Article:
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VI. THREE ILLUSTRATIONS

3 examples of the sudden bisociation of two previously unrelated matrices:

  1. Gutters invention of printing: Guttenberg was looking for a replacement of the carving letters in wood. He combined the old printing seal with the wine press machine one day, all of a sudden after thinking in this problem.
  2. Kepler in astronomy and physics: Kepler reconciled astronomy with physics, before him it was only examined with geometry. Here is the question that drove him to his great three laws on planetary motion: “Why do the planets closer to the sun move faster than those which are far away? What is the mathematical relation between a planet’s distance from the sun and the length of its year?” Before Kepler, nobody had asked the physical causes of the motion of the heavenly bodies. After Kepler, scientists started to ask the right questions, substituting the why (telos, like the old Greeks) for a how. This because Kepler view the cosmos with his physics spectacles, something that no one had done before him.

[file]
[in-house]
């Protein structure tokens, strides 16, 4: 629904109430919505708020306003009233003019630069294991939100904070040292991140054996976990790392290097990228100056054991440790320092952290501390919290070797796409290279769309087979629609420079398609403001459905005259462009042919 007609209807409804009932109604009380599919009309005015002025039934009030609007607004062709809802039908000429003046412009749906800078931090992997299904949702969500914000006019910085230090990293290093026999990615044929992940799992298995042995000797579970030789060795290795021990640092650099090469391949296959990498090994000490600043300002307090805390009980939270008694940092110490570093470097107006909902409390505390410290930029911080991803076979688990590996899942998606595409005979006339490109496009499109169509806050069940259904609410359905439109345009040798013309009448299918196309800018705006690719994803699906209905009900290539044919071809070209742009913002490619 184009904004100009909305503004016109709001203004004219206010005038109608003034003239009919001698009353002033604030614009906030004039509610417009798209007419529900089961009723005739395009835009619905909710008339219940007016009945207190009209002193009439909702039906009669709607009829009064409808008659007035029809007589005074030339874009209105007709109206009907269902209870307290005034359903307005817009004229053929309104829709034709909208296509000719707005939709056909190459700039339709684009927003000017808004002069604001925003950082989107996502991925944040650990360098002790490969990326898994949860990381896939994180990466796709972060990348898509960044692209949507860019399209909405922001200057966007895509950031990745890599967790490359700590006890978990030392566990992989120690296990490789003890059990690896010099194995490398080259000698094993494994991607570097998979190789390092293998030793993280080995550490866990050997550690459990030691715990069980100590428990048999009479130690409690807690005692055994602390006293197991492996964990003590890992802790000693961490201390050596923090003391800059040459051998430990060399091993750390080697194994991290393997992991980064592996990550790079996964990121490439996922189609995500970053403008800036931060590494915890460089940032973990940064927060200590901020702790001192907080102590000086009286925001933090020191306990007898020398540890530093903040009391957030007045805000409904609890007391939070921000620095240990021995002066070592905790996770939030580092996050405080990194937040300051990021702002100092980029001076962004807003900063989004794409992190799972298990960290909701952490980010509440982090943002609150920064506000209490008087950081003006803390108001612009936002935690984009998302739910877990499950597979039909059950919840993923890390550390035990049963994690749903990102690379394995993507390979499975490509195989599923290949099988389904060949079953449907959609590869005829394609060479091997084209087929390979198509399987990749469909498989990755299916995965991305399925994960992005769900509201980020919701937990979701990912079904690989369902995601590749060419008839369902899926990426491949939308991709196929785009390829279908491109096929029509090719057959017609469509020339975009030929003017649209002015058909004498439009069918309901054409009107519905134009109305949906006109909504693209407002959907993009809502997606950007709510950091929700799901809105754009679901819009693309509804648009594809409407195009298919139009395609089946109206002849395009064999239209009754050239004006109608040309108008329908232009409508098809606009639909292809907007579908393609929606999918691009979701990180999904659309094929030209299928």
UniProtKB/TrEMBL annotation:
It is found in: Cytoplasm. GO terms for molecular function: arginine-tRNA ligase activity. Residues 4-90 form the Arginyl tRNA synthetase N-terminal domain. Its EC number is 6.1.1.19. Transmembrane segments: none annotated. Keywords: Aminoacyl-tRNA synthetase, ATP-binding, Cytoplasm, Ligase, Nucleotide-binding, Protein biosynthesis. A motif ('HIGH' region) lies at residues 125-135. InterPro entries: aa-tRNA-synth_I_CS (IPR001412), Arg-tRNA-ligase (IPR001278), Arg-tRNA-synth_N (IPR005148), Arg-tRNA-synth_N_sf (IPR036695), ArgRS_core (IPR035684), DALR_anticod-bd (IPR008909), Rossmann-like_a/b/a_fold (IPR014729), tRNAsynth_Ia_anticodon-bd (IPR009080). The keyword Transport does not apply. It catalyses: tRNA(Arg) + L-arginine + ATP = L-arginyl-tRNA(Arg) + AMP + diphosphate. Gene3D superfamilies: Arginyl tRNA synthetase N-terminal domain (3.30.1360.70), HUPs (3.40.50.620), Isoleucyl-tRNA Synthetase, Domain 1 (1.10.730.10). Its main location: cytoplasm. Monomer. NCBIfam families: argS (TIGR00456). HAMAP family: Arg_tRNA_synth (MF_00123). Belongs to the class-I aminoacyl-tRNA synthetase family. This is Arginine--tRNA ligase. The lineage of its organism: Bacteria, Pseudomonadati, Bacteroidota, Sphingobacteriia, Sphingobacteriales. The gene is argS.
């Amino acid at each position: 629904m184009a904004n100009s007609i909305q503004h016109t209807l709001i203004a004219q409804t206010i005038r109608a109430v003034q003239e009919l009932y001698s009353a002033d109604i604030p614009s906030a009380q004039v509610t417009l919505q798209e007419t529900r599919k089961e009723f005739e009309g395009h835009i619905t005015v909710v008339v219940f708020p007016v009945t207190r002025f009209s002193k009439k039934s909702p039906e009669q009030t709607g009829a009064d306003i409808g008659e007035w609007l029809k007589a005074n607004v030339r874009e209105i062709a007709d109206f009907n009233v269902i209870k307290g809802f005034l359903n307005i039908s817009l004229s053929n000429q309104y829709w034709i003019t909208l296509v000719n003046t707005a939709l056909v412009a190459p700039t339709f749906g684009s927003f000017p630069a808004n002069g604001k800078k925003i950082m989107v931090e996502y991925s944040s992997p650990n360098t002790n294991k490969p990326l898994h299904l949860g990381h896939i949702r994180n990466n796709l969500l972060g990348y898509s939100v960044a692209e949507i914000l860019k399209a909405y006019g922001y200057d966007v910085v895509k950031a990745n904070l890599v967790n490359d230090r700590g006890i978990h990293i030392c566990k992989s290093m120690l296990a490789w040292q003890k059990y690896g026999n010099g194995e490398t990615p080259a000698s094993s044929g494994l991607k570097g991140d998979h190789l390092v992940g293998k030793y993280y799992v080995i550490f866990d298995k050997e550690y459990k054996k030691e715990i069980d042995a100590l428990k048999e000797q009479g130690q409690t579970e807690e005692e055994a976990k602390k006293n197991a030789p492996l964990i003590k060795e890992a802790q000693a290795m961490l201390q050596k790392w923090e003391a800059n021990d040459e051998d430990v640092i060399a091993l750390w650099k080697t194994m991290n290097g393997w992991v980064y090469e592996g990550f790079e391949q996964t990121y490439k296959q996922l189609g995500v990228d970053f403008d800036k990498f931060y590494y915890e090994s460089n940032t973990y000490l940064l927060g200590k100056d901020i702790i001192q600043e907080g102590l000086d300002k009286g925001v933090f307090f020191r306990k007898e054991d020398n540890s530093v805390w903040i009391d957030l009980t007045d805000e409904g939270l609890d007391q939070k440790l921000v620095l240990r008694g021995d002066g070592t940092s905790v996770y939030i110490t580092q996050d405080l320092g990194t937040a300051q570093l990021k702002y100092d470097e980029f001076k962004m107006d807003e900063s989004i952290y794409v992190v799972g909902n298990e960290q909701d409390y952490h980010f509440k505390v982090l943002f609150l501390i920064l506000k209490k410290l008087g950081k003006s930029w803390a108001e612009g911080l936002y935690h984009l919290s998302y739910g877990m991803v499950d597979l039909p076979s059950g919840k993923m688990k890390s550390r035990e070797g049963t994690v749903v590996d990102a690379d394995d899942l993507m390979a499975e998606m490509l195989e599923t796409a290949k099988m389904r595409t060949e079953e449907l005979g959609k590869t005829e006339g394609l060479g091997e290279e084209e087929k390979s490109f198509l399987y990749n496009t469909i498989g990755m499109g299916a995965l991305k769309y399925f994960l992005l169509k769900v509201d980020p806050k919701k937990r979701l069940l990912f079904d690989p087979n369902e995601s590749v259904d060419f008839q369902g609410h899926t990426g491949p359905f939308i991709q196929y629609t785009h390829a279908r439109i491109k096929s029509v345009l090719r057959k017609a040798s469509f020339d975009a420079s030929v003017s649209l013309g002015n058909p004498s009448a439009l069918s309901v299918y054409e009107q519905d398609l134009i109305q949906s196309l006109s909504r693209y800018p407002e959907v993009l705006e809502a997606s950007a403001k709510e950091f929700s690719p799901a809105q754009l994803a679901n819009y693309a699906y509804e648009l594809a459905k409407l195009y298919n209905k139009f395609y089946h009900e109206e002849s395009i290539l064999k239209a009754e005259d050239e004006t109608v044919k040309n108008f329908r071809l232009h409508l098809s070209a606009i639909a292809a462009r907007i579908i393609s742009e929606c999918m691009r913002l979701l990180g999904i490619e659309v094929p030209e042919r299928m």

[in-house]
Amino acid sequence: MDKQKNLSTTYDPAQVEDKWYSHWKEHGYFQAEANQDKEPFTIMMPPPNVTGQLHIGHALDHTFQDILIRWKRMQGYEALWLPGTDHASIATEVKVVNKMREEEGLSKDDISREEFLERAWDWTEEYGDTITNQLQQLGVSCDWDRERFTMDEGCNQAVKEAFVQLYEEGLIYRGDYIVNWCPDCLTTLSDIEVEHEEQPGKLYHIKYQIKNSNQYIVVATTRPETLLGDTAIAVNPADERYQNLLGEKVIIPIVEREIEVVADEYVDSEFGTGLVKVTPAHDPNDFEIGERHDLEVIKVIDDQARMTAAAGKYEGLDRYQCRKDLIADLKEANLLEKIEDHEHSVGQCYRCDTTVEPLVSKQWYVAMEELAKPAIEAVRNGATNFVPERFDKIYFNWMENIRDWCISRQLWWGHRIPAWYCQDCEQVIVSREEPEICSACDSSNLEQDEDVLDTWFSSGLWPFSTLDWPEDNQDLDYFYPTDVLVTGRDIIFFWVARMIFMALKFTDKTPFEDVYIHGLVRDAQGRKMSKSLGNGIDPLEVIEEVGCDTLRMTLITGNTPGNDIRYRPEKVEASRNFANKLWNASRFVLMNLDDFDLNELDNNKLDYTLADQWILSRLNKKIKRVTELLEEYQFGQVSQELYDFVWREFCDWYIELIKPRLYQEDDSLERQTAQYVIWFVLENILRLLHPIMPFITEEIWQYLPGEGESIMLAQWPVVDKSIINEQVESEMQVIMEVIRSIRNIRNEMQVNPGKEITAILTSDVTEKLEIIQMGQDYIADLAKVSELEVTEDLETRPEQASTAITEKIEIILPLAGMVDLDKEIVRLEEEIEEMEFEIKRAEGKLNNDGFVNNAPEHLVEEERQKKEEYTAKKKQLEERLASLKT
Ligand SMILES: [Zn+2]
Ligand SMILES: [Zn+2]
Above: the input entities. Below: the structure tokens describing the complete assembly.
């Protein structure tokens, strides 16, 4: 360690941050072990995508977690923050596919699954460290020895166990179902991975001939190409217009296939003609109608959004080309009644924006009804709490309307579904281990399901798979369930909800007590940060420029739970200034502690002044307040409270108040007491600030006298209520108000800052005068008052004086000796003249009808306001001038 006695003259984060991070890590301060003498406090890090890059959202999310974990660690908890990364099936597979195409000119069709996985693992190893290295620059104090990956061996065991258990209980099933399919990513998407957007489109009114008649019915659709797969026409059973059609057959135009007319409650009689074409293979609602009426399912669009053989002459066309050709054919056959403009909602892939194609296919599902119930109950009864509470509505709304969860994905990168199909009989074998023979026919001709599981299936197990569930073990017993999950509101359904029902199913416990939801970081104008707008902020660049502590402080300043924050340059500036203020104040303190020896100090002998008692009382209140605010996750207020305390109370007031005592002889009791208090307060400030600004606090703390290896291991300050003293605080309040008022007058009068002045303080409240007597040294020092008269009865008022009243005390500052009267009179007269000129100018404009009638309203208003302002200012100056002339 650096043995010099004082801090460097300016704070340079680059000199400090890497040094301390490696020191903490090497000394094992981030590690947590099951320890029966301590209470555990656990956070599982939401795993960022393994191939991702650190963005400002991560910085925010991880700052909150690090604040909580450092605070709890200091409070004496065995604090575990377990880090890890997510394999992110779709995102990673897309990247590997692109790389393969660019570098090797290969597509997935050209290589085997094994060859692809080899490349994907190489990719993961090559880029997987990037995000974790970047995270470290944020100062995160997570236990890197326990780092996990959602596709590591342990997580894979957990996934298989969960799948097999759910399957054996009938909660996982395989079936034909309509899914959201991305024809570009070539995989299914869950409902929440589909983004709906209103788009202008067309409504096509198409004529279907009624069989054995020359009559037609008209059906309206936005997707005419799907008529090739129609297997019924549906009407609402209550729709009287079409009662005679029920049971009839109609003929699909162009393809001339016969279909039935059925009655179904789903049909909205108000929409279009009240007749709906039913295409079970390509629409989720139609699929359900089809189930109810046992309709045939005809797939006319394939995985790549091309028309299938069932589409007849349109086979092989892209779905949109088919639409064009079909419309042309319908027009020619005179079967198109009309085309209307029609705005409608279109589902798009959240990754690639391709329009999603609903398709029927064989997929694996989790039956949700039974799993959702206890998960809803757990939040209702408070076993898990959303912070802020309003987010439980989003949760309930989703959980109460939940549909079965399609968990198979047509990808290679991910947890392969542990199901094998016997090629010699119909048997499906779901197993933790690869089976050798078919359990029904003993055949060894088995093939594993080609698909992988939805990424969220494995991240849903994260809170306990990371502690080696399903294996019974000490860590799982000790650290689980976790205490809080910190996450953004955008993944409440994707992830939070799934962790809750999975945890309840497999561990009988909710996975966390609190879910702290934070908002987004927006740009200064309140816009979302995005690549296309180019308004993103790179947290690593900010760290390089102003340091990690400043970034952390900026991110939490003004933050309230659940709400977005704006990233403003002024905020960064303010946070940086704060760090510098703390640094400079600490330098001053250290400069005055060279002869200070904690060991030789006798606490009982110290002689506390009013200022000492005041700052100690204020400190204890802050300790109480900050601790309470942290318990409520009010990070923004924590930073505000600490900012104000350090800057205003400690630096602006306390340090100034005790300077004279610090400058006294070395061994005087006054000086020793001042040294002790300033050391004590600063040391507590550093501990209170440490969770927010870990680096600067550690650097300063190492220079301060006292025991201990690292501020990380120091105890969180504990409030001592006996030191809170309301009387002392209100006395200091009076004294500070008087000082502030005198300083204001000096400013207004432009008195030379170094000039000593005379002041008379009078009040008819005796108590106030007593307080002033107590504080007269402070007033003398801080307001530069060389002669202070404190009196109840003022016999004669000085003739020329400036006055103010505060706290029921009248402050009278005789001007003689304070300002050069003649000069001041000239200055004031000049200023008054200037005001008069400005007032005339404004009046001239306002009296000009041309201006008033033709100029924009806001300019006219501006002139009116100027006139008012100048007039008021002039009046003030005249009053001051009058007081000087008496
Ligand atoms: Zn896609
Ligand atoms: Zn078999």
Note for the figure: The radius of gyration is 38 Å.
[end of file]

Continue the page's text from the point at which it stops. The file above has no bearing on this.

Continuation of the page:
3. Darwin’s natural selection: Darwin didn’t originate the idea nor the controversy of evolution.The 3 matrices that Darwin united, he confined the theories of people before him, arranged them and made them make sense together:
  1. Lamarck’s and other theories of evolutions before him.
  2. We adapt to our environments and our predecessors inherit our new traits.
  3. Malthus (understood wrong by him): the survival of the fittest.

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VII. Thinking Aside

Limits of Logic